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Scala Macros

Examples

Macro Annotation


This simple macro annotation outputs the annotated item as-is.

import scala.annotation.{compileTimeOnly, StaticAnnotation}
import scala.reflect.macros.whitebox.Context
@compileTimeOnly("enable macro paradise to expand macro annotations")
class noop extends StaticAnnotation {
 def macroTransform(annottees: Any*): Any = macro linkMacro.impl
}
object linkMacro {
 def impl(c: Context)(annottees: c.Expr[Any]*): c.Expr[Any] = {
 import c.universe._
 c.Expr[Any](q"{..$annottees}")
 }
}

You can use the above-defined macro like this:

@noop
case class Foo(a: String, b: Int)
@noop
object Bar {
 def f(): String = "hello"
}
@noop
def g(): Int = 10

Method Macros


When a method is defined to be a macro, the compiler takes the code that is passed as its argument and turns it into an AST. It then invokes the macro implementation with that AST, and it returns a new AST that is then spliced back to its call site.

import reflect.macros.blackbox.Context
object Macros {
 // This macro simply sees if the argument is the result of an addition expression.
 // E.g. isAddition(1+1) and isAddition("a"+1).
 // but !isAddition(1+1-1), as the addition is underneath a subtraction, and also
 // !isAddition(x.+), and !isAddition(x.+(a,b)) as there must be exactly one argument.
 def isAddition(x: Any): Boolean = macro isAddition_impl
 // The signature of the macro implementation is the same as the macro definition,
 // but with a new Context parameter, and everything else is wrapped in an Expr.
 def isAddition_impl(c: Context)(expr: c.Expr[Any]): c.Expr[Boolean] = {
 import c.universe._ // The universe contains all the useful methods and types
 val plusName = TermName("+").encodedName // Take the name + and encode it as $plus
 expr.tree match { // Turn expr into an AST representing the code in isAddition(...)
 case Apply(Select(_, `plusName`), List(_)) => reify(true)
 // Pattern match the AST to see whether we have an addition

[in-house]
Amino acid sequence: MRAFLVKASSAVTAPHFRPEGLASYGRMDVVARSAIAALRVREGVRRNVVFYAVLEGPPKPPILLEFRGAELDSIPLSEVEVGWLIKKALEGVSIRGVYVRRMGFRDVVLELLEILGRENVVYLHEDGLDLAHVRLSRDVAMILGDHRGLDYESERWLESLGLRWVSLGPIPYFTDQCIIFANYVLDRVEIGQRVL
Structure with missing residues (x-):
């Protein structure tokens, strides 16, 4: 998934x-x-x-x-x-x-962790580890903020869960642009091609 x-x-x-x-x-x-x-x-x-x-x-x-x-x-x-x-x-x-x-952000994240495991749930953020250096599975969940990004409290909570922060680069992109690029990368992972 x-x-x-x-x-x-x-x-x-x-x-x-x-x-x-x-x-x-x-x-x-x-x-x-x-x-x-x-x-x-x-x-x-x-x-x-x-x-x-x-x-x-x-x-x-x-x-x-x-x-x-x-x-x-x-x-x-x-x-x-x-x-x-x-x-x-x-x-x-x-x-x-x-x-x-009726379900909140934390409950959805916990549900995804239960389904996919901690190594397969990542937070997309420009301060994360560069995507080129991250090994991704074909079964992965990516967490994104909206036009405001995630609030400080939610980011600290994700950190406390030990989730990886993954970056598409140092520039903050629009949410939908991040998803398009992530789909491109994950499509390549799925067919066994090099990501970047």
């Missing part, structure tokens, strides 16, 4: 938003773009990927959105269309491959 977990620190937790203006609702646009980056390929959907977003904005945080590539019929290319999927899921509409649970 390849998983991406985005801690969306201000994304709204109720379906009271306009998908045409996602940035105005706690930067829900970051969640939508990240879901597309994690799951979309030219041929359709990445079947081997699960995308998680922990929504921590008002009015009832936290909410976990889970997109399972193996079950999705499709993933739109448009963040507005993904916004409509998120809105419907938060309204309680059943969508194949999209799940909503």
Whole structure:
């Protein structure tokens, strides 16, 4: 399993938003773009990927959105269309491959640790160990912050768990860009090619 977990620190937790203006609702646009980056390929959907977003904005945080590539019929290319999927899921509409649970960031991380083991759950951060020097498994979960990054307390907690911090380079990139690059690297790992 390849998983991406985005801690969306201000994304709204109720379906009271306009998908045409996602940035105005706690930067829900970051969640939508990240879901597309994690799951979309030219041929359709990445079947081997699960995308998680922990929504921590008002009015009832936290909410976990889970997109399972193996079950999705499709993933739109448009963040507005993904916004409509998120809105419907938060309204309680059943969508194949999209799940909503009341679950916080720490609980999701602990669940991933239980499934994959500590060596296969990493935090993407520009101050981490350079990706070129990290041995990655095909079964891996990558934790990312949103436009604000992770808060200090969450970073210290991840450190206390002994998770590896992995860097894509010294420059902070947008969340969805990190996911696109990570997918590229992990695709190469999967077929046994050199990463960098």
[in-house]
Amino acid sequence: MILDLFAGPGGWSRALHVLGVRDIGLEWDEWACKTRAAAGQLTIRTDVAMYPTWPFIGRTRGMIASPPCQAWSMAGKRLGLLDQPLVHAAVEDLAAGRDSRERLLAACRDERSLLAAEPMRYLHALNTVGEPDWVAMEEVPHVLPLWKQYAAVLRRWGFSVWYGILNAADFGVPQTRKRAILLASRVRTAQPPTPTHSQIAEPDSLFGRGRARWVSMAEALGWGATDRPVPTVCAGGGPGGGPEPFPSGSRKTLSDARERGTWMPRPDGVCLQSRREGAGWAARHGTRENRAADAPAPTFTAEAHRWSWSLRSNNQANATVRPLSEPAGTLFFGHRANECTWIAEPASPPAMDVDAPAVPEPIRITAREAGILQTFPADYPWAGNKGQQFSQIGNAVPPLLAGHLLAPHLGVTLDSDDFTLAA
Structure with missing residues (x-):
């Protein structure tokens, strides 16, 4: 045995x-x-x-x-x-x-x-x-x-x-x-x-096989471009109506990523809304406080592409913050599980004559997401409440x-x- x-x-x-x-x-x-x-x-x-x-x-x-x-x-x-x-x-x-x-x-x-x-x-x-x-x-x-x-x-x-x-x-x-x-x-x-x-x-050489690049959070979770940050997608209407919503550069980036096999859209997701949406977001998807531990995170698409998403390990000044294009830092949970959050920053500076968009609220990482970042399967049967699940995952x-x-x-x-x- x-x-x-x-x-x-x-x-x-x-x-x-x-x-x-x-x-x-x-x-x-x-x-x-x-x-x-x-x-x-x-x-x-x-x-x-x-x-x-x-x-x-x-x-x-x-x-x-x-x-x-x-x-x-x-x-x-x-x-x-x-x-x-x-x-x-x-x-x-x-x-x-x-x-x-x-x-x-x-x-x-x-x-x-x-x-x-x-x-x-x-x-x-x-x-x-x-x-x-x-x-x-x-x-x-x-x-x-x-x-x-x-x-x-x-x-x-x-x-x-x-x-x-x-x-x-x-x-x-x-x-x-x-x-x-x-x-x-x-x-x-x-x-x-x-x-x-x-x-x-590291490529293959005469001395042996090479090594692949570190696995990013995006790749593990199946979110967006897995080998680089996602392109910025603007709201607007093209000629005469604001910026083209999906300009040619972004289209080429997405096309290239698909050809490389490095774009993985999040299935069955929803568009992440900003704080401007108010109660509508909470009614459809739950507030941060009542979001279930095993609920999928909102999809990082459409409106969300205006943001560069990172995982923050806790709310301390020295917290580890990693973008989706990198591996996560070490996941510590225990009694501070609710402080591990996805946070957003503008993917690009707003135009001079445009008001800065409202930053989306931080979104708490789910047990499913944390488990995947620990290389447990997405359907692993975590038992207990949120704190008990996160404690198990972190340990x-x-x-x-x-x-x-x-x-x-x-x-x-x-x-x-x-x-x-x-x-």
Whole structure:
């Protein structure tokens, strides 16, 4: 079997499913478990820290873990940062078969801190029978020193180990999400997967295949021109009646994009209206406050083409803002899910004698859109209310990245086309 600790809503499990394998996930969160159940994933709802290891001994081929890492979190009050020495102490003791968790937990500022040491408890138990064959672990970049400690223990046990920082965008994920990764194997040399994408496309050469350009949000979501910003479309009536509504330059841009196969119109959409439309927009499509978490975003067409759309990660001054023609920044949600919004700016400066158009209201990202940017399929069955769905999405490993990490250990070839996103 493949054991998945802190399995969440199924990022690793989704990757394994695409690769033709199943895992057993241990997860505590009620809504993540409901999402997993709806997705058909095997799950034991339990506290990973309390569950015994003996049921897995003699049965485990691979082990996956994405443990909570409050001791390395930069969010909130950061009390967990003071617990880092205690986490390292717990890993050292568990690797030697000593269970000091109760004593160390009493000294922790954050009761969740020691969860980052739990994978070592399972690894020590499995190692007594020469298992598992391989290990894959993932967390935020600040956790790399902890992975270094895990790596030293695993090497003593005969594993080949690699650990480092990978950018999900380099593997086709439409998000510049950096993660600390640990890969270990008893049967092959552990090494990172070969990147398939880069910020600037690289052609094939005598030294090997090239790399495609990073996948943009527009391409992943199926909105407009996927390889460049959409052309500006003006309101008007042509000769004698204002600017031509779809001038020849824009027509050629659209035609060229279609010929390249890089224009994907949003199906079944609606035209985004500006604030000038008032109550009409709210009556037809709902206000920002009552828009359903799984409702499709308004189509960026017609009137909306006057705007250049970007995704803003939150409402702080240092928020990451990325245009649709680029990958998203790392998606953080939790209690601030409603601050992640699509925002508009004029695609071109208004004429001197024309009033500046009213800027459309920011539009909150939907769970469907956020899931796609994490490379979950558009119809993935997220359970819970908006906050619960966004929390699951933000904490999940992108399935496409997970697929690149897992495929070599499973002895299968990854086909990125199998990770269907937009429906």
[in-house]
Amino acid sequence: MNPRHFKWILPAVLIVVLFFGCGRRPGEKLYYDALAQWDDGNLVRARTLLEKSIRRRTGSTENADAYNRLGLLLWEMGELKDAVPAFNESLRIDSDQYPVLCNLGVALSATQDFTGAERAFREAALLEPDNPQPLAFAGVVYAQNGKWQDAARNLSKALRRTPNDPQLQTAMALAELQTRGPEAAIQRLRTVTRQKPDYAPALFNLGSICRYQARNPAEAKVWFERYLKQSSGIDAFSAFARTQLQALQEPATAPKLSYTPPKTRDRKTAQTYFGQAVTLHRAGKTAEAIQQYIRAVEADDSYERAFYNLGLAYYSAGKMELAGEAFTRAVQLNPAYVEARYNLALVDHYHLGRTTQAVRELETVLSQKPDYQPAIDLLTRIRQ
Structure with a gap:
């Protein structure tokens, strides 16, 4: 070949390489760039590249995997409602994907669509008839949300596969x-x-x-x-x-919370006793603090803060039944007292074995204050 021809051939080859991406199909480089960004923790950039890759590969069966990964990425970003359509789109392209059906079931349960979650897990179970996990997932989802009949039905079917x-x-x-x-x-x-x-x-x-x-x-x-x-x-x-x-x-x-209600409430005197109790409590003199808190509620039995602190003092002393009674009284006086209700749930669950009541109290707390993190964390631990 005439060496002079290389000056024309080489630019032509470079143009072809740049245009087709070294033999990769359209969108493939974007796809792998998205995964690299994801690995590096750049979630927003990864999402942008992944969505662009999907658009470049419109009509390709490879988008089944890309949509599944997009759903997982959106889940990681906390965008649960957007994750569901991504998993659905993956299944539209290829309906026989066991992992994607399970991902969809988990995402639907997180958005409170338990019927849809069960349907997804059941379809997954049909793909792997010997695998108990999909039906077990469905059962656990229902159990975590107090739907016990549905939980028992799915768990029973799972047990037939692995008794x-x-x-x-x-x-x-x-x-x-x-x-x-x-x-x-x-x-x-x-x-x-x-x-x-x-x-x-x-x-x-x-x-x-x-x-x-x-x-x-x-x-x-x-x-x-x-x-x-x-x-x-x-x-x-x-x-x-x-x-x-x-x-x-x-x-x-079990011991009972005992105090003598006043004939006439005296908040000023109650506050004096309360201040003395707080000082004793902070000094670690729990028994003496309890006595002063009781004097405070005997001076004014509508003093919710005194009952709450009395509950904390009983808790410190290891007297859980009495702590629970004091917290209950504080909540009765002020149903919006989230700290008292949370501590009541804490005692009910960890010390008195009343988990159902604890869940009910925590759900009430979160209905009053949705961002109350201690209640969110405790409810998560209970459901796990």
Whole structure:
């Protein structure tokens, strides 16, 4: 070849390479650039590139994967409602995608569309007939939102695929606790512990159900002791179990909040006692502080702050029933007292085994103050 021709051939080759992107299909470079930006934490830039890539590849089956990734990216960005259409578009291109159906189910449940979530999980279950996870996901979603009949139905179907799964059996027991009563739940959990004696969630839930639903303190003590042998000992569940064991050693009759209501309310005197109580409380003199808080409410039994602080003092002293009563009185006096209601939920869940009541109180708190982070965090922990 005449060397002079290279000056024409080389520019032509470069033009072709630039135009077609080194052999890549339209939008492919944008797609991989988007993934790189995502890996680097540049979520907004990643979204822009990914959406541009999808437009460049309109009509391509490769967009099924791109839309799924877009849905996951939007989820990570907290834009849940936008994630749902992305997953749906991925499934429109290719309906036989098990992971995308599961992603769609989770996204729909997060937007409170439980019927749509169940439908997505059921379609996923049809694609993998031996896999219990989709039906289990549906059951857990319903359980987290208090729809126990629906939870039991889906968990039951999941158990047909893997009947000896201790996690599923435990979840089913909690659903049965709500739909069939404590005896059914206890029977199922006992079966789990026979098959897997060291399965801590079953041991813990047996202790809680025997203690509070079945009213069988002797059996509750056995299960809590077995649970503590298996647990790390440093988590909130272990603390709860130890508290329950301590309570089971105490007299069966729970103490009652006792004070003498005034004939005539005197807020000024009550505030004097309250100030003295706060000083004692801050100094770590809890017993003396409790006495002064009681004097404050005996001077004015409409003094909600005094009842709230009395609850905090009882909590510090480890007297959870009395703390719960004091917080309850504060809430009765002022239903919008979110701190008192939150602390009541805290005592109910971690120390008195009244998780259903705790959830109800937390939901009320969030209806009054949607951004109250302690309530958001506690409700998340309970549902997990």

// Above we match this AST
 // Apply (function application)
 // / \
 // Select List(_) (exactly one argument)
 // (selection ^ of entity, basically the . in x.y)
 // / \
 // _ \
 // `plusName` (method named +)
 case _ => reify(false)
 // reify is a macro you use when writing macros
 // It takes the code given as its argument and creates an Expr out of it
 }
 }
}

It is also possible to have macros that take Trees as arguments. Like how reify is used to create Exprs, the q (for quasiquote) string interpolator lets us create and deconstruct Trees. Note that we could have used q above (expr.tree is, surprise, a Tree itself) too, but didn't for demonstrative purposes.

// No Exprs, just Trees
def isAddition_impl(c: Context)(tree: c.Tree): c.Tree = {
 import c.universe._
 tree match {
 // q is a macro too, so it must be used with string literals.
 // It can destructure and create Trees.
 // Note how there was no need to encode + this time, as q is smart enough to do it itself.
 case q"${_} + ${_}" => q"true"
 case _ => q"false"
 }
}


Conclusion

In this page (written and validated by ) you learned about Scala Macros . What's Next? If you are interested in completing Scala tutorial, your next topic will be learning about: Scala Monads.



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